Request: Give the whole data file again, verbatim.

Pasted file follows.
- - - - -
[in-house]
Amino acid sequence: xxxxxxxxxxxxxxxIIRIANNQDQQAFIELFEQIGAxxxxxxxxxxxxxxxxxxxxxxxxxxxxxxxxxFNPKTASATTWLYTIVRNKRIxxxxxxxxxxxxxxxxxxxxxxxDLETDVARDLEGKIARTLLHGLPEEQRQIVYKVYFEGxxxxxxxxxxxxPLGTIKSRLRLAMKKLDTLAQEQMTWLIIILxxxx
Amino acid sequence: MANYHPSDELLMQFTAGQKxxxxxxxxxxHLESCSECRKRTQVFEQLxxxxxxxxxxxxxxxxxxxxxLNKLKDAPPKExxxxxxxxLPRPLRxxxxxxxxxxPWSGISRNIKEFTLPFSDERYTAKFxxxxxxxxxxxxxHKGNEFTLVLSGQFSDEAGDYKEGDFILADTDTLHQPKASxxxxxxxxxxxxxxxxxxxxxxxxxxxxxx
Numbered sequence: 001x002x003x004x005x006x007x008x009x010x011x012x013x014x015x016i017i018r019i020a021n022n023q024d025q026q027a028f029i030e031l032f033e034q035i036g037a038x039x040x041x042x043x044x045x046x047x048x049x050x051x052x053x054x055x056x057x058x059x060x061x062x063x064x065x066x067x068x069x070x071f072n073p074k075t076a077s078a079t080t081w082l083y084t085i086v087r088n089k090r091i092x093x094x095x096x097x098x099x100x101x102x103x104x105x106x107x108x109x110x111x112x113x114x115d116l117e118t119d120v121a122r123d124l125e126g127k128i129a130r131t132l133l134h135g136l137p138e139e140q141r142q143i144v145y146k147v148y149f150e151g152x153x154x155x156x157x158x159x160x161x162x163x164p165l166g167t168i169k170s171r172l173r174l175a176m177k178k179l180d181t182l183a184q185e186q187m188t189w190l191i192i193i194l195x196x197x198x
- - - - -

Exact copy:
[in-house]
Amino acid sequence: xxxxxxxxxxxxxxxIIRIANNQDQQAFIELFEQIGAxxxxxxxxxxxxxxxxxxxxxxxxxxxxxxxxxFNPKTASATTWLYTIVRNKRIxxxxxxxxxxxxxxxxxxxxxxxDLETDVARDLEGKIARTLLHGLPEEQRQIVYKVYFEGxxxxxxxxxxxxPLGTIKSRLRLAMKKLDTLAQEQMTWLIIILxxxx
Amino acid sequence: MANYHPSDELLMQFTAGQKxxxxxxxxxxHLESCSECRKRTQVFEQLxxxxxxxxxxxxxxxxxxxxxLNKLKDAPPKExxxxxxxxLPRPLRxxxxxxxxxxPWSGISRNIKEFTLPFSDERYTAKFxxxxxxxxxxxxxHKGNEFTLVLSGQFSDEAGDYKEGDFILADTDTLHQPKASxxxxxxxxxxxxxxxxxxxxxxxxxxxxxx
Numbered sequence: 001x002x003x004x005x006x007x008x009x010x011x012x013x014x015x016i017i018r019i020a021n022n023q024d025q026q027a028f029i030e031l032f033e034q035i036g037a038x039x040x041x042x043x044x045x046x047x048x049x050x051x052x053x054x055x056x057x058x059x060x061x062x063x064x065x066x067x068x069x070x071f072n073p074k075t076a077s078a079t080t081w082l083y084t085i086v087r088n089k090r091i092x093x094x095x096x097x098x099x100x101x102x103x104x105x106x107x108x109x110x111x112x113x114x115d116l117e118t119d120v121a122r123d124l125e126g127k128i129a130r131t132l133l134h135g136l137p138e139e140q141r142q143i144v145y146k147v148y149f150e151g152x153x154x155x156x157x158x159x160x161x162x163x164p165l166g167t168i169k170s171r172l173r174l175a176m177k178k179l180d181t182l183a184q185e186q187m188t189w190l191i192i193i194l195x196x197x198x